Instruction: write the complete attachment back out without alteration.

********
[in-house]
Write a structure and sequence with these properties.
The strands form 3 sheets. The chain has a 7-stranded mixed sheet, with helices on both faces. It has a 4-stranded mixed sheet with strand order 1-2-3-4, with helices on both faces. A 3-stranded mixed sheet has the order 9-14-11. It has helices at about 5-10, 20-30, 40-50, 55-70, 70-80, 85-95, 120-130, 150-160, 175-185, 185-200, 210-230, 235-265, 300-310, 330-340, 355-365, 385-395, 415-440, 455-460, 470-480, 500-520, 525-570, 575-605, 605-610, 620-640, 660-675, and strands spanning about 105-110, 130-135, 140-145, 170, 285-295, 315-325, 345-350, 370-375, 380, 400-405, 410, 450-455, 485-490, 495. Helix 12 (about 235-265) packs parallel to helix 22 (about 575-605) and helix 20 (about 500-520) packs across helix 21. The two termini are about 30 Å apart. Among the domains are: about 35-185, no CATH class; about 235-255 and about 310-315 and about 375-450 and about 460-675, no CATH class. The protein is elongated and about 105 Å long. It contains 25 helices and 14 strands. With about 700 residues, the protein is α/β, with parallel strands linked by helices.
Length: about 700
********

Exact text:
[in-house]
Write a structure and sequence with these properties.
The strands form 3 sheets. The chain has a 7-stranded mixed sheet, with helices on both faces. It has a 4-stranded mixed sheet with strand order 1-2-3-4, with helices on both faces. A 3-stranded mixed sheet has the order 9-14-11. It has helices at about 5-10, 20-30, 40-50, 55-70, 70-80, 85-95, 120-130, 150-160, 175-185, 185-200, 210-230, 235-265, 300-310, 330-340, 355-365, 385-395, 415-440, 455-460, 470-480, 500-520, 525-570, 575-605, 605-610, 620-640, 660-675, and strands spanning about 105-110, 130-135, 140-145, 170, 285-295, 315-325, 345-350, 370-375, 380, 400-405, 410, 450-455, 485-490, 495. Helix 12 (about 235-265) packs parallel to helix 22 (about 575-605) and helix 20 (about 500-520) packs across helix 21. The two termini are about 30 Å apart. Among the domains are: about 35-185, no CATH class; about 235-255 and about 310-315 and about 375-450 and about 460-675, no CATH class. The protein is elongated and about 105 Å long. It contains 25 helices and 14 strands. With about 700 residues, the protein is α/β, with parallel strands linked by helices.
Length: about 700